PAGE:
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Hero retired nurse, 62, with 40 years experience goes back onto the frontline

Operation Excel: Ambulances line up outside UK’s new mega hospital to deal with coronavirus crisis as it’s revealed nurse, 62, with 40 years’ experience is coming out of retirement to run it

  • Deirdre Barr, 62, will come out of retirement to head the new ExCel hospital
  • Barr, from Bogside, has served the NHS for 40 years after joining as a cadet
  • Her sister, 74, said her family are incredibly proud of her brave decision
  • Coronavirus symptoms: what are they and should you see a doctor?

Ambulances were seen lining up outside the UK’s new mega hospital at the ExCel building, as it emerges a retired nurse, 62, will go back to the frontlines to head the medical centre. 

Deirdre Barr, 62, from Northern Island will come out of retirement to work as director of operations at the new hospital. 

Ambulances and healthcare workers gathered outside the facility this morning, in preparation for its opening next week. 

Ambulance workers were seen unloading oxygen tanks, heart monitors and defibrillators at the medical centre named the NHS Nightingale Hospital, which is expected to provide thousands of new beds for COVID-19 victims.  

Ambulance staff and health workers outside the ExCel Center in London on Sunday morning, above and below 

The new NHS Nightingale Hospital is expected to open next week, providing thousands of new beds to COVID-19 sufferers

The new NHS Nightingale Hospital is expected to open next week, providing thousands of new beds to COVID-19 sufferers 

Deirdre Barr, 62, (pictured) will come out of retirement to work as director of operations at the new Nightingale Hospital in East London

Deirdre Barr, 62, (pictured) will come out of retirement to work as director of operations at the new Nightingale Hospital in East London

It comes as NHS workers from all over the UK are pulled to London as the capital prepares for a ‘tsunami’ of patients. 

Deirdre Barr, 62, from Northern Island will come out of retirement to work as director of operations at the new Nightingale Hospital in East London, which is preparing to house thousands of COVID-19 patients.  

Barr, from Bogside, has served the NHS for 40 years, after joining as a St John Ambulance cadet.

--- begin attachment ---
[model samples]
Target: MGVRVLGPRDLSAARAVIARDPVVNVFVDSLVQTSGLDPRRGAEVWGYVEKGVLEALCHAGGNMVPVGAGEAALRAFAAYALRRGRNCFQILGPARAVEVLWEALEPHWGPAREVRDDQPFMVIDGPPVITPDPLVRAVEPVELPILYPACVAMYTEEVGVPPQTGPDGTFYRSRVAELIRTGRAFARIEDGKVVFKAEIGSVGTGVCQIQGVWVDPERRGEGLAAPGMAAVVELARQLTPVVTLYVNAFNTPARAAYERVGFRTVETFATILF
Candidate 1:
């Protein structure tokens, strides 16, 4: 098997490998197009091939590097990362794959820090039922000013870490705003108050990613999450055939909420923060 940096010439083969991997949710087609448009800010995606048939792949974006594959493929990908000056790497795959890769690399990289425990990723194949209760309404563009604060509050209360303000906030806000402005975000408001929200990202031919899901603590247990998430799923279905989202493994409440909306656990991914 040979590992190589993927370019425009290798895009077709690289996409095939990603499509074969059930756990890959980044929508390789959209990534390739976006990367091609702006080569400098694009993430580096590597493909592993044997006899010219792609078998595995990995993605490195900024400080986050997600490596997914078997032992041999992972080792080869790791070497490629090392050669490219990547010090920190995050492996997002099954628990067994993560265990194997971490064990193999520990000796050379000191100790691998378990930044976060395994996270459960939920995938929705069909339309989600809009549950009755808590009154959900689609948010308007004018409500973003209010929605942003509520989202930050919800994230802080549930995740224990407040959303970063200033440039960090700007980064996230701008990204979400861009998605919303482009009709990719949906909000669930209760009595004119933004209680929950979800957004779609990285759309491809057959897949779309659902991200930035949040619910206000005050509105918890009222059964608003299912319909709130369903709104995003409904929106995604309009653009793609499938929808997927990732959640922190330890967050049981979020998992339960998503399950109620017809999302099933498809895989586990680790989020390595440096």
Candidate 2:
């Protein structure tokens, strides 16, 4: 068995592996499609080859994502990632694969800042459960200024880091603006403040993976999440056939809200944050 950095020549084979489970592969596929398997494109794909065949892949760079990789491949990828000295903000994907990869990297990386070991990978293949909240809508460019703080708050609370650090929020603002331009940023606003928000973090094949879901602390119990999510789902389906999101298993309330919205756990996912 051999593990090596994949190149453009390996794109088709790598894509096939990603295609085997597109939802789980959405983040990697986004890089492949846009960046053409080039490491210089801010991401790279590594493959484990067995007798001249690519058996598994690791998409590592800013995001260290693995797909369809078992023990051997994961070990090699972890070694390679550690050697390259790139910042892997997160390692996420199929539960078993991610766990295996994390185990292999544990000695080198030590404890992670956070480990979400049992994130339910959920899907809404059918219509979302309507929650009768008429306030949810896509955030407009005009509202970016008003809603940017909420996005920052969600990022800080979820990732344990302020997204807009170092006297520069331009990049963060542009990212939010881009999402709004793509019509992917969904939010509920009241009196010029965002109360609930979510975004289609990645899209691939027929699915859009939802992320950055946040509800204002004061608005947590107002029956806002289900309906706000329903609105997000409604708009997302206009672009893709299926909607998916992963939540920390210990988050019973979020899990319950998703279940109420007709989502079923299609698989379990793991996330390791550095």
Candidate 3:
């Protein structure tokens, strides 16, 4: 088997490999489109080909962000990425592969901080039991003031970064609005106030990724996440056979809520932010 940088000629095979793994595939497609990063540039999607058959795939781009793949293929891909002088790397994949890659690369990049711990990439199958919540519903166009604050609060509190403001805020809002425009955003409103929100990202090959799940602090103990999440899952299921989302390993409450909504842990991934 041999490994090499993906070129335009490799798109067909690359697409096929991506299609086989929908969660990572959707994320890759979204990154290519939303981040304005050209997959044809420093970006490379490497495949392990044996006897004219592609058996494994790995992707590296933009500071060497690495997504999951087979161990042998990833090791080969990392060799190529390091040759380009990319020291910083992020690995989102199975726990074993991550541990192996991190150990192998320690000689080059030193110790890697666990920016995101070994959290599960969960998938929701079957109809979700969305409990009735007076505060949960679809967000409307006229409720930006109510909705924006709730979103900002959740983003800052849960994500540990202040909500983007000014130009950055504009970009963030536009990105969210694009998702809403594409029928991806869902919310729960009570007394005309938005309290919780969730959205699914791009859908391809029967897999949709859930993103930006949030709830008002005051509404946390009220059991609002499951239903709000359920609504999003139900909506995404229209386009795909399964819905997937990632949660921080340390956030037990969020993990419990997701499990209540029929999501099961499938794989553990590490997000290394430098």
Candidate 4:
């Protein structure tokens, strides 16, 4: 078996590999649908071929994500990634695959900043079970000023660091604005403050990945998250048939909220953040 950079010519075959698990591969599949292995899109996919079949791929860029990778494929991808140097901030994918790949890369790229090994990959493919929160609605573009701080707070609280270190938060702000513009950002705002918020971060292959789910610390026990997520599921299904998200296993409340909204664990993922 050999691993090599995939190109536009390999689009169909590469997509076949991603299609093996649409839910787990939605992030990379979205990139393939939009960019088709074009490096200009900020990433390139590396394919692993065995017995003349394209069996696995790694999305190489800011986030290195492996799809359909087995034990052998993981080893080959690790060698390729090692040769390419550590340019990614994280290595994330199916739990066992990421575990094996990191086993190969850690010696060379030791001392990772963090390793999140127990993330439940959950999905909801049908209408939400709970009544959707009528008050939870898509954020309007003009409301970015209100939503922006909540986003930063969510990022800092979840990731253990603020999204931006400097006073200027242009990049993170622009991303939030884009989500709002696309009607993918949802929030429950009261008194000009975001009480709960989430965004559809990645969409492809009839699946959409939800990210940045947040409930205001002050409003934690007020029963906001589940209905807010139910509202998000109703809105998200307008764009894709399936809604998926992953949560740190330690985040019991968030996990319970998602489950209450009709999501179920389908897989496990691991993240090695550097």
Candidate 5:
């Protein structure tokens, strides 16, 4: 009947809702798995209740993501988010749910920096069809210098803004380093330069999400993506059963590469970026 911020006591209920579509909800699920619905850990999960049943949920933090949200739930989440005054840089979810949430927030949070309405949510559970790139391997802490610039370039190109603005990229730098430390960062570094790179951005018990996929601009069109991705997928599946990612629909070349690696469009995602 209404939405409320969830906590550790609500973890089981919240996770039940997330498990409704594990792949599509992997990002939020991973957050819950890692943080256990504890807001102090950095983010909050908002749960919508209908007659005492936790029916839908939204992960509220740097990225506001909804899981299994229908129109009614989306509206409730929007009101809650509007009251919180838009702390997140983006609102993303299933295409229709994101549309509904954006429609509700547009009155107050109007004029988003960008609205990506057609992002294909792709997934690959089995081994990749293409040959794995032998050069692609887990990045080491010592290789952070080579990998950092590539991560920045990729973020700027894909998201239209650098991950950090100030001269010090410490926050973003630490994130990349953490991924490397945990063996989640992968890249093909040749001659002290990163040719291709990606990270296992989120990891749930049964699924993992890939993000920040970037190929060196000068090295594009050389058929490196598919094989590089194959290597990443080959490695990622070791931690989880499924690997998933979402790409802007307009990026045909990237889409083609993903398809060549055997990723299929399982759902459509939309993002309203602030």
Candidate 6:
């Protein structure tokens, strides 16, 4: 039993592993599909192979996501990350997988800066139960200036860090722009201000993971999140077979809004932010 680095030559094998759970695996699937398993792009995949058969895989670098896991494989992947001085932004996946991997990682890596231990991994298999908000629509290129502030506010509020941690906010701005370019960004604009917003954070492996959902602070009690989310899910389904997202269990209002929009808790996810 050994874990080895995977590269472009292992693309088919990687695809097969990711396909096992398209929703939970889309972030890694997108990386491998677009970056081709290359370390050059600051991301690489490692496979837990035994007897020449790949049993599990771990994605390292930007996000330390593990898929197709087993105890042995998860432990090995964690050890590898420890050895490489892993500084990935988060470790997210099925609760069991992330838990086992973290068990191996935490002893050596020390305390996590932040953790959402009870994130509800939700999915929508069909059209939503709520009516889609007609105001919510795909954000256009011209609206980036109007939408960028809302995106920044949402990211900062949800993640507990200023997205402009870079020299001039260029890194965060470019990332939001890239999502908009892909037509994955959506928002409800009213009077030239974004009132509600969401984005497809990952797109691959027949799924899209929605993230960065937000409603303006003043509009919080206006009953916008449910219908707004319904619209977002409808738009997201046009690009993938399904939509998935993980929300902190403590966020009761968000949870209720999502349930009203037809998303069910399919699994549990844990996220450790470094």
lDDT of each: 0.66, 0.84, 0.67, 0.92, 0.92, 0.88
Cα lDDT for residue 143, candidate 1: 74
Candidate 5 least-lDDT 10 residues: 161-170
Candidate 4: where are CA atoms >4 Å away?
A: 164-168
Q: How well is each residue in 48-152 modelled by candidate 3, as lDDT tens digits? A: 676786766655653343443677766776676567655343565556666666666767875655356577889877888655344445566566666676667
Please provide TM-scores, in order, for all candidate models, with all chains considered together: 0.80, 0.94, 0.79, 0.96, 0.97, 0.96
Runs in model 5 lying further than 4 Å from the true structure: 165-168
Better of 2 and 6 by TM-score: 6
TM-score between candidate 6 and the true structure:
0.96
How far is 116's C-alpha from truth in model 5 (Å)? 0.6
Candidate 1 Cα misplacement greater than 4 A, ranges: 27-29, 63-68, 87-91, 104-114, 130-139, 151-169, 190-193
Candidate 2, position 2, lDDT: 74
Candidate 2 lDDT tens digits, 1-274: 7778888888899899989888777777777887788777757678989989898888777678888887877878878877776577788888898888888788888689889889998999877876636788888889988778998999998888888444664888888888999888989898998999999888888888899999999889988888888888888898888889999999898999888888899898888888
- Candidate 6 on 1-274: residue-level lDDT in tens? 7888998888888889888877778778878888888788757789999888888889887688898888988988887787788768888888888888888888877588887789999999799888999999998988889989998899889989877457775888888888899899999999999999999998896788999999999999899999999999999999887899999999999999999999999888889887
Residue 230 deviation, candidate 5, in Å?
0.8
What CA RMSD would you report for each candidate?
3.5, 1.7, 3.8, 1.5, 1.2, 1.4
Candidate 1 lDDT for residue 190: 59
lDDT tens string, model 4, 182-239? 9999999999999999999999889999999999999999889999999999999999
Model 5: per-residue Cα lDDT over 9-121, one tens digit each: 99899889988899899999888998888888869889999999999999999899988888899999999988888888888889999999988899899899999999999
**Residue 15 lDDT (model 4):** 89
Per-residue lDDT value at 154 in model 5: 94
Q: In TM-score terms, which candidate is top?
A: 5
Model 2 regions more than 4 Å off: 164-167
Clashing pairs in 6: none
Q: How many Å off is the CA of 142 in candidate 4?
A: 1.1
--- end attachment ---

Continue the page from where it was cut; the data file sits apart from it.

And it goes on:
An ambulance worker unloads oxygen tanks, heart monitors and defibrillators outside the ExCel Center in London on Sunday morning

An ambulance worker unloads oxygen tanks, heart monitors and defibrillators outside the ExCel Center in London on Sunday morning 

Ambulance staff and health workers outside the ExCel Center in London this morning.

Ambulance staff and health workers outside the ExCel Center in London this morning. 

She will now leave her home in Kent to work at the new hospital amid the global pandemic. 

Her sister Dolores, 74, said that although the family were concerned for Barr, they were extremely proud of her decision. 

‘This is a massive job, and we’re scared for Deirdre, but we are so very proud that she has taken it on. If anyone can do this, Deirdre can. She’s always been the one person her whole family turns to in times of trouble and sickness.

Barr, from Bogside, has served the NHS for 40 years, after joining as a St John Ambulance cadet

Barr, from Bogside, has served the NHS for 40 years, after joining as a St John Ambulance cadet

‘Now the whole of the UK will be turning to her. She’ll handle it well. She has broad shoulders and never shirks from responsibility.

‘This job is going to ask an awful lot of her but we know she’ll face it head on. The pictures we are seeing of the Nightingale Hospital are terrifying but our Deirdre will take it all in her stride,’ she told the Daily Mirror. 

It comes as NHS nurses from all over the UK are sent to London as the capital is set to be struck by a ‘tsunami’ of cases in the coming weeks.

An ambulance worker unloads oxygen tanks, heart monitors and defibrillators outside the ExCel Center in London.  The NHS is anticipating a Coronavirus 'tsunami' as the peak of infection rates nears

An ambulance worker unloads oxygen tanks, heart monitors and defibrillators outside the ExCel Center in London.  The NHS is anticipating a Coronavirus ‘tsunami’ as the peak of infection rates nears

The ExCel hospital is set to open next week, with 500 beds and plans to expand to 4,000.

Defence secretary Ben Wallace has described the plans as an ‘ambitious project’ that ‘is just one example of what can be achieved when they come together to help the nation’. 

It has been reported that as many as 13 makeshift hospitals may be needed in the UK to tackle the health crisis. 

The UK saw coronavirus cases jump by 2,921 on Friday to almost 15,000, the largest increase so far, while the death toll spiked by a third to 759. 

 

Read more at DailyMail.co.uk